Note: your seed is never revealed at at time; only private keys specific to each address.
The current light wallet prevents address reuse automatically for you by doing 2 things:
  1. Whenever you make an outgoing transaction from an address that does not consume its entire balance (e.g. address holds 10 Mi but you send only 5 Mi), the wallet automatically creates a new address and sends the change (5 Mi) to the new address.
  2. The wallet prevents you from performing a second outgoing transaction using the same address (it will display a “Private key reuse detected!” error).
This piggy bank diagram can help visualize non reusable addresses. imgur link
[Insert new Safe analogy].

Address Index

When a new address is generated it is calculated from the combination of a seed + Address Index, where the Address Index can be any positive Integer (including "0"). The wallet usually starts from Address Index 0, but it will skip any Address Index where it sees that the corresponding address has already been attached to the tangle.

Private Keys

Private keys are derived from a seeds key index. From that private key you then generate an address. The key index starting at 0, can be incremented to get a new private key, and thus address.
It is important to keep in mind that all security-sensitive functions are implemented client side. What this means is that you can generate private keys and addresses securely in the browser, or on an offline computer. All libraries provide this functionality.
IOTA uses winternitz one-time signatures, as such you should ensure that you know which private key (and which address) has already been used in order to not reuse it. Subsequently reusing private keys can lead to the loss of funds (an attacker is able to forge the signature after continuous reuse).
Exchanges are advised to store seeds, not private keys.

FAQ

Buying IOTA

How do I to buy IOTA?

Currently not all exchanges support IOTA and those that do may not support the option to buy with fiat currencies.
Visit this website for a Guide: How to buy IOTA
or Click Here for a detailed guide made by 450LbsGorilla

Cheapest way to buy IOTA?

You can track the current cheapest way to buy IOTA at IOTA Prices.
It tells you where & how to get the most IOTA for your money right now. There's an overview of the exchanges available to you and a buying guide to help you along.
IOTAPrices.com monitors all major fiat exchanges for their BTC & ETH rates and combines them with current IOTA rates from IOTA exchanges for easy comparison. Rates are taken directly from each exchange's official websocket. For fiat exchanges or exchanges that don't offer websockets, rates are refreshed every 60 seconds.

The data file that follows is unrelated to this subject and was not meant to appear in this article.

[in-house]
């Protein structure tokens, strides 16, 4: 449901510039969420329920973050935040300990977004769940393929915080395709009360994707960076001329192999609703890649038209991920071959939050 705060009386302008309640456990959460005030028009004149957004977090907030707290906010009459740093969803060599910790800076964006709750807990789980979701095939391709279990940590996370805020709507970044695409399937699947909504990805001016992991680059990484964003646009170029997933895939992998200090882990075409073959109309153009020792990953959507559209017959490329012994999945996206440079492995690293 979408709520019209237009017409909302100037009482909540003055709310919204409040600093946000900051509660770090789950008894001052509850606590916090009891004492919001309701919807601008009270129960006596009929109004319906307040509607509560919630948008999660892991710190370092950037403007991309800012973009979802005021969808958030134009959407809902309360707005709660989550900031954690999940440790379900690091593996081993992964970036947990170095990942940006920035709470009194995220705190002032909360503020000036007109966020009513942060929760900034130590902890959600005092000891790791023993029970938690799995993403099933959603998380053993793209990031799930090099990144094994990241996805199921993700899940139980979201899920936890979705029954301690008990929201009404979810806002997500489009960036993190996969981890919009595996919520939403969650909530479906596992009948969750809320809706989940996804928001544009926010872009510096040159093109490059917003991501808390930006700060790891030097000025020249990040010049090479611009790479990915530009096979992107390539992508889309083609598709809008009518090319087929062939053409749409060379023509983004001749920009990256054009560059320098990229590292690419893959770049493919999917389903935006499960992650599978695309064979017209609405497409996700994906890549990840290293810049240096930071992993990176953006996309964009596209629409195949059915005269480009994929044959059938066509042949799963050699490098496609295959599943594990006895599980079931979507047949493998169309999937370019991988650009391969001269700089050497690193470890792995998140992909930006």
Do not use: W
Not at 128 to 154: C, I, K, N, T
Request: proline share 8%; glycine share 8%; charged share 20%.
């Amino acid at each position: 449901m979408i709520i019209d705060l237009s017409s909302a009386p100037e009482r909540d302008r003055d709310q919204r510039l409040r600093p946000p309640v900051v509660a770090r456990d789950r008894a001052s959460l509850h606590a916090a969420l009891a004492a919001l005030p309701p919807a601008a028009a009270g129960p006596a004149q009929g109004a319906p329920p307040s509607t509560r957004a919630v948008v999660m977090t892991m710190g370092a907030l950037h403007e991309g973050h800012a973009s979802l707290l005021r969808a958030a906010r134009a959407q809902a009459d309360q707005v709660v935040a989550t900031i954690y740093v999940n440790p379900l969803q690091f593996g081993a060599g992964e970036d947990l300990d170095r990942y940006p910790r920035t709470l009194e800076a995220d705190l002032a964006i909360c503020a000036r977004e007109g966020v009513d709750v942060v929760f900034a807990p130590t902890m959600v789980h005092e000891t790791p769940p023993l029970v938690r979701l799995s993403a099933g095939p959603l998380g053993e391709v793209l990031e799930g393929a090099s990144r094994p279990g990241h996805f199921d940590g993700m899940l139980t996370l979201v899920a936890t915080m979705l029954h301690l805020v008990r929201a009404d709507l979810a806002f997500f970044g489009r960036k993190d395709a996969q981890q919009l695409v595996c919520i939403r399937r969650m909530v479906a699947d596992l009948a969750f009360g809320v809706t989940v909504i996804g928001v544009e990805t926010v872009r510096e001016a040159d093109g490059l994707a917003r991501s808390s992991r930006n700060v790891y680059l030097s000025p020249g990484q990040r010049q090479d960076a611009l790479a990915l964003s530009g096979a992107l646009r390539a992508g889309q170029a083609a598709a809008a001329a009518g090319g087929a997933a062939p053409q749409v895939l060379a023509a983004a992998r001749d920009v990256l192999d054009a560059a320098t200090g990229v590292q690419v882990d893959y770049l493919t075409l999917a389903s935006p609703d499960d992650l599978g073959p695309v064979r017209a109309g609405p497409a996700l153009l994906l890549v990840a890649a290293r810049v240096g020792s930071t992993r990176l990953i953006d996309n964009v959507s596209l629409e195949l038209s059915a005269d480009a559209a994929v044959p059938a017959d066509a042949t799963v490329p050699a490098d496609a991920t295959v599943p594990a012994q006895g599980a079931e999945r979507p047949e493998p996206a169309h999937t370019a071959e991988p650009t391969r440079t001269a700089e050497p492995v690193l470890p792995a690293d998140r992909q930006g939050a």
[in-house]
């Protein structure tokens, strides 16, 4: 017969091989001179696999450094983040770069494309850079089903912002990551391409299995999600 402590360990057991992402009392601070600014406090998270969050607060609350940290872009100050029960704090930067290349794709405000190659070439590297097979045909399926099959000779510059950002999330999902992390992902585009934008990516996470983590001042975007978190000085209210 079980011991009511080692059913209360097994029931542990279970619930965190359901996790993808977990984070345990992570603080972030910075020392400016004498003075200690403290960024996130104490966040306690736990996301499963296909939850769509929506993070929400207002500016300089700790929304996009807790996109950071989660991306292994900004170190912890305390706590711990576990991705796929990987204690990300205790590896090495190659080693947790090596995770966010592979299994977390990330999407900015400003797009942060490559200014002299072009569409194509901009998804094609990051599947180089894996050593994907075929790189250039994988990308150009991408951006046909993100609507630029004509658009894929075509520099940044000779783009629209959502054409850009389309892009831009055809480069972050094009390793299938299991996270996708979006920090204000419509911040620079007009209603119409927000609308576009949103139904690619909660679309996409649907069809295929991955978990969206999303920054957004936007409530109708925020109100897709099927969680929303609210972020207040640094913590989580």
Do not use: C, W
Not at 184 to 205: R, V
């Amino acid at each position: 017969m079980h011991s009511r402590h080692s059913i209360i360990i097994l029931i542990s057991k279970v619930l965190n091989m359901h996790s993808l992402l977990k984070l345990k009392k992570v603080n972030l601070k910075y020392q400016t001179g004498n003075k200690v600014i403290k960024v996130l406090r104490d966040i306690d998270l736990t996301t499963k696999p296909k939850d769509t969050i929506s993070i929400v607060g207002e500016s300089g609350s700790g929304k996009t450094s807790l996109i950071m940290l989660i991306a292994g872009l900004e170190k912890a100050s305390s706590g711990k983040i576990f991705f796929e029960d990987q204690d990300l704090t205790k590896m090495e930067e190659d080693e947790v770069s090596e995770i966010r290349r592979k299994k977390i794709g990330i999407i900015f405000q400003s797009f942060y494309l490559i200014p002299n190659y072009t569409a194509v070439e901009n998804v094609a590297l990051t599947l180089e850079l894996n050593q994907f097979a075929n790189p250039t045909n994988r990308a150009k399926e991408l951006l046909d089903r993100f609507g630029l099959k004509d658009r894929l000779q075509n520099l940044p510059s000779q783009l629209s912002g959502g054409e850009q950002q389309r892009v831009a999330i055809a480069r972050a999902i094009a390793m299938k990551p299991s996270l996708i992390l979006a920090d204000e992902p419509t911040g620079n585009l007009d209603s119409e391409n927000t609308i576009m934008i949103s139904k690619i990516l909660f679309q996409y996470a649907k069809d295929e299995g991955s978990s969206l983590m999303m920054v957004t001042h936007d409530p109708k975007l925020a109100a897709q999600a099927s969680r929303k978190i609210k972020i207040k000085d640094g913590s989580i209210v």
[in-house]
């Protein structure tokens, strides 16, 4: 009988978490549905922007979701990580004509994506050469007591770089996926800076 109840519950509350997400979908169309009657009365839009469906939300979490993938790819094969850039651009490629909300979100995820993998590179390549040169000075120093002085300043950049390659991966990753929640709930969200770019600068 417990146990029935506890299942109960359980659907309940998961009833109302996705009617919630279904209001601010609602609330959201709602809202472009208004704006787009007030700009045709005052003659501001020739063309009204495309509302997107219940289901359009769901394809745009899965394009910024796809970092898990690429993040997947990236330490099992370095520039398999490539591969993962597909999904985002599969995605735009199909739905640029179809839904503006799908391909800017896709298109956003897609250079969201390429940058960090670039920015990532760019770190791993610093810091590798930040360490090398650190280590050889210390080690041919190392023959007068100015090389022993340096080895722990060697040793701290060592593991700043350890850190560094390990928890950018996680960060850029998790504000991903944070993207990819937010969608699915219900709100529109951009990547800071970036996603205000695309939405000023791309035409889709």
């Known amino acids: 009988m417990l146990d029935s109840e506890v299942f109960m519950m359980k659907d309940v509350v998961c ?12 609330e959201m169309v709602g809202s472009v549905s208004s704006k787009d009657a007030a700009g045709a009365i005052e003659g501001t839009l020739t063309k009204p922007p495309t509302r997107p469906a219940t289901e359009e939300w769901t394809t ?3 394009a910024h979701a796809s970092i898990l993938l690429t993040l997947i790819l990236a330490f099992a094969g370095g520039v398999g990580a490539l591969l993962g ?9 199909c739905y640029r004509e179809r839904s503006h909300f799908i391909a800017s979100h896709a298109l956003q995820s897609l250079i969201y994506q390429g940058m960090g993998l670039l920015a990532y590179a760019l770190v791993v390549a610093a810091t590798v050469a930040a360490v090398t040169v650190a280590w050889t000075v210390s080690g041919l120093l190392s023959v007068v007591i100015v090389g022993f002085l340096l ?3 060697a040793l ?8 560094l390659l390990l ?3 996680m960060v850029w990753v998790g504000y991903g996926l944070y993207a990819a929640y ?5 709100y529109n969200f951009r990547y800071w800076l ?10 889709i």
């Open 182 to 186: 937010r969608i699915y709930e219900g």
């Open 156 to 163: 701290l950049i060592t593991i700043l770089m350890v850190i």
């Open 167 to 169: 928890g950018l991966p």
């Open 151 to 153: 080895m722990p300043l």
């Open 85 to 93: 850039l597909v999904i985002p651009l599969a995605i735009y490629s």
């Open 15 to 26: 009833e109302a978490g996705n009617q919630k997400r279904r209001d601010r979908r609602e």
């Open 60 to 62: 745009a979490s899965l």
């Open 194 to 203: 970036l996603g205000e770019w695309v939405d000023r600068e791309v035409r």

What is MIOTA?

MIOTA is a unit of IOTA, 1 Mega IOTA or 1 Mi. It is equivalent to 1,000,000 IOTA and is the unit which is currently exchanged.
We can use the metric prefixes when describing IOTA e.g 2,500,000,000 i is equivalent to 2.5 Gi.
Note: some exchanges will display IOTA when they mean MIOTA.

Can I mine IOTA?

No you can not mine IOTA, all the supply of IOTA exist now and no more can be made.
If you want to send IOTA, your 'fee' is you have to verify 2 other transactions, thereby acting like a minenode.

Storing IOTA

Where should I store IOTA?

It is not recommended to store large amounts of IOTA on the exchange as you will not have access to the private keys of the addresses generated.

Wallets

GUI Desktop (Full Node + Light Node)
Version = 2.5.6
Download: GUI v2.5.6
Guide: Download/Login Guide
Nodes: Status
Headless IRI (Full Node)
Version = 1.4.1.4
Download: Mainnet v1.4.1.4
Guide:
Find Neighbours: /nodesharing
UCL Desktop/Android/iOS (Light Node)
Version = Private Alpha Testing
Website: iota-ucl (Medium)
Android (Light Node)
Version = Beta
Download: Google Play
iOS (Light Node)
Version = Beta Testing
Website: https://iota.tools/wallet
Paper Wallet
Version = v1.3.6
Repo: GitHub
Seed Vault
Version = v1.0.2
Repo: GitHub7

What is a seed?

A seed is a unique identifier that can be described as a combined username and password that grants you access to your wallet.
Your seed is used to generate the addresses linked to your account and so this should be kept private and not shared with anyone. If anyone obtains your seed, they can login and access your IOTA.

How do I generate a seed?

You must generate a random 81 character seed using only A-Z and the number 9.
It is recommended to use offline methods to generate a seed, and not recommended to use any non community verified techniques. To generate a seed you could:

On a Linux Terminal

use the following command:
 cat /dev/urandom |tr -dc A-Z9|head -c${1:-81} 

On a Mac Terminal

use the following command:
 cat /dev/urandom |LC_ALL=C tr -dc 'A-Z9' | fold -w 81 | head -n 1 

With KeePass on PC

A helpful guide for generating a secure seed on KeePass can be found here.

With a dice

Dice roll template

Is my seed secure?

  1. All seeds should be 81 characters in random order composed of A-Z and 9.
  2. Do not give your seed to anyone, and don’t keep it saved in a plain text document.
  3. Don’t input your seed into any websites that you don’t trust.
Is Someone Going To Guess My IOTA Seed?
What are the odds of someone guessing your seed?
  • IOTA seed = 81 characters long, and you can use A-Z, 9
  • Giving 2781 = 8.7x10115 possible combinations for IOTA seeds
  • Now let's say you have a "super computer" letting you generate and read every address associated with 1 trillion different seeds per second.